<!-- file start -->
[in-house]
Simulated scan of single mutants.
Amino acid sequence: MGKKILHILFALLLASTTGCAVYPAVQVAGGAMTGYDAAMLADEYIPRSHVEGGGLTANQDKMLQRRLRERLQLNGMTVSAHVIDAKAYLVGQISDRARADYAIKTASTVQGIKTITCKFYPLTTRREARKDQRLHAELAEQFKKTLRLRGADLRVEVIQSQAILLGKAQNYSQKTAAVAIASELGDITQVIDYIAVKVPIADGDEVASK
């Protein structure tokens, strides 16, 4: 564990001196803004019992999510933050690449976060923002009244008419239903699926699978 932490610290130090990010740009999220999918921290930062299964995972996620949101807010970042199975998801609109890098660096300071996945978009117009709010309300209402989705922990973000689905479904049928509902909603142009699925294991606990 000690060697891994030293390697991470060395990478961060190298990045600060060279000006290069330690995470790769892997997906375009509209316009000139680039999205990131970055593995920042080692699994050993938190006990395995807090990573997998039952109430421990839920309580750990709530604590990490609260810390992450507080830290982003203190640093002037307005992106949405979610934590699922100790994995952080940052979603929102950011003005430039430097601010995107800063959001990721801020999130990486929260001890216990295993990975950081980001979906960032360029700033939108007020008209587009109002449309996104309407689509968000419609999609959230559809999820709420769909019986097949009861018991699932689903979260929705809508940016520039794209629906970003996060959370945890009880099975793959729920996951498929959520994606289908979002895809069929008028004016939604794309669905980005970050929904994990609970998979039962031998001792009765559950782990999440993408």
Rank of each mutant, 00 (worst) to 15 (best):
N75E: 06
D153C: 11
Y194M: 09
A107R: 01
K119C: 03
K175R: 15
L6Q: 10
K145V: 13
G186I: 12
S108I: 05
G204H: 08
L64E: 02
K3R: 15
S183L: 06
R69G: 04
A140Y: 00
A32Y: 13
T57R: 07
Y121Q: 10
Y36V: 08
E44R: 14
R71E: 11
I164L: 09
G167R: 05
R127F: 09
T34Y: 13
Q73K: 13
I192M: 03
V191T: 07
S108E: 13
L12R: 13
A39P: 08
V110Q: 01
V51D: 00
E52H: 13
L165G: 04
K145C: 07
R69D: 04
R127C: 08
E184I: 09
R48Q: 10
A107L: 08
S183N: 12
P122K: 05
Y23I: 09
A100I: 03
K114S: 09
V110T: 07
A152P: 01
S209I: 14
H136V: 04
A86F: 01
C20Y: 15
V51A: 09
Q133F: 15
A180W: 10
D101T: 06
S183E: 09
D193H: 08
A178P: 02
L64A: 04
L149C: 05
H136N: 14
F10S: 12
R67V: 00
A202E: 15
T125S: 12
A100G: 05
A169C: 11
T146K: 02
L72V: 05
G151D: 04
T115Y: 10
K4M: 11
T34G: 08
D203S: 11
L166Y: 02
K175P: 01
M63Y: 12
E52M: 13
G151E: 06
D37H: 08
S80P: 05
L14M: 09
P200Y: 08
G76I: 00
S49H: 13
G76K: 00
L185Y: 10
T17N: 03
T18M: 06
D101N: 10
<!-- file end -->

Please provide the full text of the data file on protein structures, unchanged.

[in-house]
Simulated scan of single mutants.
Amino acid sequence: MGKKILHILFALLLASTTGCAVYPAVQVAGGAMTGYDAAMLADEYIPRSHVEGGGLTANQDKMLQRRLRERLQLNGMTVSAHVIDAKAYLVGQISDRARADYAIKTASTVQGIKTITCKFYPLTTRREARKDQRLHAELAEQFKKTLRLRGADLRVEVIQSQAILLGKAQNYSQKTAAVAIASELGDITQVIDYIAVKVPIADGDEVASK
């Protein structure tokens, strides 16, 4: 564990001196803004019992999510933050690449976060923002009244008419239903699926699978 932490610290130090990010740009999220999918921290930062299964995972996620949101807010970042199975998801609109890098660096300071996945978009117009709010309300209402989705922990973000689905479904049928509902909603142009699925294991606990 000690060697891994030293390697991470060395990478961060190298990045600060060279000006290069330690995470790769892997997906375009509209316009000139680039999205990131970055593995920042080692699994050993938190006990395995807090990573997998039952109430421990839920309580750990709530604590990490609260810390992450507080830290982003203190640093002037307005992106949405979610934590699922100790994995952080940052979603929102950011003005430039430097601010995107800063959001990721801020999130990486929260001890216990295993990975950081980001979906960032360029700033939108007020008209587009109002449309996104309407689509968000419609999609959230559809999820709420769909019986097949009861018991699932689903979260929705809508940016520039794209629906970003996060959370945890009880099975793959729920996951498929959520994606289908979002895809069929008028004016939604794309669905980005970050929904994990609970998979039962031998001792009765559950782990999440993408």
Rank of each mutant, 00 (worst) to 15 (best):
N75E: 06
D153C: 11
Y194M: 09
A107R: 01
K119C: 03
K175R: 15
L6Q: 10
K145V: 13
G186I: 12
S108I: 05
G204H: 08
L64E: 02
K3R: 15
S183L: 06
R69G: 04
A140Y: 00
A32Y: 13
T57R: 07
Y121Q: 10
Y36V: 08
E44R: 14
R71E: 11
I164L: 09
G167R: 05
R127F: 09
T34Y: 13
Q73K: 13
I192M: 03
V191T: 07
S108E: 13
L12R: 13
A39P: 08
V110Q: 01
V51D: 00
E52H: 13
L165G: 04
K145C: 07
R69D: 04
R127C: 08
E184I: 09
R48Q: 10
A107L: 08
S183N: 12
P122K: 05
Y23I: 09
A100I: 03
K114S: 09
V110T: 07
A152P: 01
S209I: 14
H136V: 04
A86F: 01
C20Y: 15
V51A: 09
Q133F: 15
A180W: 10
D101T: 06
S183E: 09
D193H: 08
A178P: 02
L64A: 04
L149C: 05
H136N: 14
F10S: 12
R67V: 00
A202E: 15
T125S: 12
A100G: 05
A169C: 11
T146K: 02
L72V: 05
G151D: 04
T115Y: 10
K4M: 11
T34G: 08
D203S: 11
L166Y: 02
K175P: 01
M63Y: 12
E52M: 13
G151E: 06
D37H: 08
S80P: 05
L14M: 09
P200Y: 08
G76I: 00
S49H: 13
G76K: 00
L185Y: 10
T17N: 03
T18M: 06
D101N: 10